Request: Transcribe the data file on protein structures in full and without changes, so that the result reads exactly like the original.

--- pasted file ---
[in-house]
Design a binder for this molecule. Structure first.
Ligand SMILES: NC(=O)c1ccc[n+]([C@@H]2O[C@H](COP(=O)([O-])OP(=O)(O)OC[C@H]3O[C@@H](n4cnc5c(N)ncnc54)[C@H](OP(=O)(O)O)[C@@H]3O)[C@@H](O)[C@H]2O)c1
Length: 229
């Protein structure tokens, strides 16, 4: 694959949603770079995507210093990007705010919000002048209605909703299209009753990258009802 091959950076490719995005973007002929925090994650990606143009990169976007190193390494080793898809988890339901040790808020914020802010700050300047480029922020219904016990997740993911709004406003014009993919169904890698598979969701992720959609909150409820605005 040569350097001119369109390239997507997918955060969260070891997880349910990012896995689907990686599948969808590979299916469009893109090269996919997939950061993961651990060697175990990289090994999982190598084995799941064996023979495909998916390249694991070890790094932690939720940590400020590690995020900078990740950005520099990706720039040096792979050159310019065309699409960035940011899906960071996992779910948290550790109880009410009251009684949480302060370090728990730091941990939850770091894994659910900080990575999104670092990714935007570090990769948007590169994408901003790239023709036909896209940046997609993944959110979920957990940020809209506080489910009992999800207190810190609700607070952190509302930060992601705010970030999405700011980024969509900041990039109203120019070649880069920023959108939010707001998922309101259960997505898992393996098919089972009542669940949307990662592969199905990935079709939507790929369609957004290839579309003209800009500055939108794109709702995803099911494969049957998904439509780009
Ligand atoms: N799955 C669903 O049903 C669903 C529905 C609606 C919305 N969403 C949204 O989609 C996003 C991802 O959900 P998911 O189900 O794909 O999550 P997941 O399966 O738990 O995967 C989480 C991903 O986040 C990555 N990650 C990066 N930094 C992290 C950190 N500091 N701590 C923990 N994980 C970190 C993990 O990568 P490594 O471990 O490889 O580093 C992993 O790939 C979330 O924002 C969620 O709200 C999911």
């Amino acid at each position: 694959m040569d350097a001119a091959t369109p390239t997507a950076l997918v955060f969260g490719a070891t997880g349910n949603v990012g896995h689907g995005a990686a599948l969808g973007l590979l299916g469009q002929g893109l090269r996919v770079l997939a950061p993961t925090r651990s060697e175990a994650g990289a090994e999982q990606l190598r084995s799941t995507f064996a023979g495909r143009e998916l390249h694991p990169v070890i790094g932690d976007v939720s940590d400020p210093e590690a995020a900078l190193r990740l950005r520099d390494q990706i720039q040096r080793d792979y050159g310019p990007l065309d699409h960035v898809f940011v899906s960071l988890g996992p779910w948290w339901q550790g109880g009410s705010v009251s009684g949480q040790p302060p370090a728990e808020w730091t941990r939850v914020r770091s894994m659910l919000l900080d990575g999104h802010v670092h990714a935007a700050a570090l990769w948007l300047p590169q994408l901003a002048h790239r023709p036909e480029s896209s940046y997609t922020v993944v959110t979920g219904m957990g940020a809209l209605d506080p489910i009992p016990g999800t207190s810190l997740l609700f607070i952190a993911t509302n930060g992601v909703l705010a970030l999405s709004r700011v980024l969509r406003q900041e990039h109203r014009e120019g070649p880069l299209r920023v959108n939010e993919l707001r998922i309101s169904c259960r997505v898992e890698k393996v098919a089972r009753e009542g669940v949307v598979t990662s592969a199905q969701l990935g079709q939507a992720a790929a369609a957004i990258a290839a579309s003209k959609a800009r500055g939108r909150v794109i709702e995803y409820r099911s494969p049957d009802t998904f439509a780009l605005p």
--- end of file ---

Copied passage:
[in-house]
Design a binder for this molecule. Structure first.
Ligand SMILES: NC(=O)c1ccc[n+]([C@@H]2O[C@H](COP(=O)([O-])OP(=O)(O)OC[C@H]3O[C@@H](n4cnc5c(N)ncnc54)[C@H](OP(=O)(O)O)[C@@H]3O)[C@@H](O)[C@H]2O)c1
Length: 229
């Protein structure tokens, strides 16, 4: 694959949603770079995507210093990007705010919000002048209605909703299209009753990258009802 091959950076490719995005973007002929925090994650990606143009990169976007190193390494080793898809988890339901040790808020914020802010700050300047480029922020219904016990997740993911709004406003014009993919169904890698598979969701992720959609909150409820605005 040569350097001119369109390239997507997918955060969260070891997880349910990012896995689907990686599948969808590979299916469009893109090269996919997939950061993961651990060697175990990289090994999982190598084995799941064996023979495909998916390249694991070890790094932690939720940590400020590690995020900078990740950005520099990706720039040096792979050159310019065309699409960035940011899906960071996992779910948290550790109880009410009251009684949480302060370090728990730091941990939850770091894994659910900080990575999104670092990714935007570090990769948007590169994408901003790239023709036909896209940046997609993944959110979920957990940020809209506080489910009992999800207190810190609700607070952190509302930060992601705010970030999405700011980024969509900041990039109203120019070649880069920023959108939010707001998922309101259960997505898992393996098919089972009542669940949307990662592969199905990935079709939507790929369609957004290839579309003209800009500055939108794109709702995803099911494969049957998904439509780009
Ligand atoms: N799955 C669903 O049903 C669903 C529905 C609606 C919305 N969403 C949204 O989609 C996003 C991802 O959900 P998911 O189900 O794909 O999550 P997941 O399966 O738990 O995967 C989480 C991903 O986040 C990555 N990650 C990066 N930094 C992290 C950190 N500091 N701590 C923990 N994980 C970190 C993990 O990568 P490594 O471990 O490889 O580093 C992993 O790939 C979330 O924002 C969620 O709200 C999911």
């Amino acid at each position: 694959m040569d350097a001119a091959t369109p390239t997507a950076l997918v955060f969260g490719a070891t997880g349910n949603v990012g896995h689907g995005a990686a599948l969808g973007l590979l299916g469009q002929g893109l090269r996919v770079l997939a950061p993961t925090r651990s060697e175990a994650g990289a090994e999982q990606l190598r084995s799941t995507f064996a023979g495909r143009e998916l390249h694991p990169v070890i790094g932690d976007v939720s940590d400020p210093e590690a995020a900078l190193r990740l950005r520099d390494q990706i720039q040096r080793d792979y050159g310019p990007l065309d699409h960035v898809f940011v899906s960071l988890g996992p779910w948290w339901q550790g109880g009410s705010v009251s009684g949480q040790p302060p370090a728990e808020w730091t941990r939850v914020r770091s894994m659910l919000l900080d990575g999104h802010v670092h990714a935007a700050a570090l990769w948007l300047p590169q994408l901003a002048h790239r023709p036909e480029s896209s940046y997609t922020v993944v959110t979920g219904m957990g940020a809209l209605d506080p489910i009992p016990g999800t207190s810190l997740l609700f607070i952190a993911t509302n930060g992601v909703l705010a970030l999405s709004r700011v980024l969509r406003q900041e990039h109203r014009e120019g070649p880069l299209r920023v959108n939010e993919l707001r998922i309101s169904c259960r997505v898992e890698k393996v098919a089972r009753e009542g669940v949307v598979t990662s592969a199905q969701l990935g079709q939507a992720a790929a369609a957004i990258a290839a579309s003209k959609a800009r500055g939108r909150v794109i709702e995803y409820r099911s494969p049957d009802t998904f439509a780009l605005p």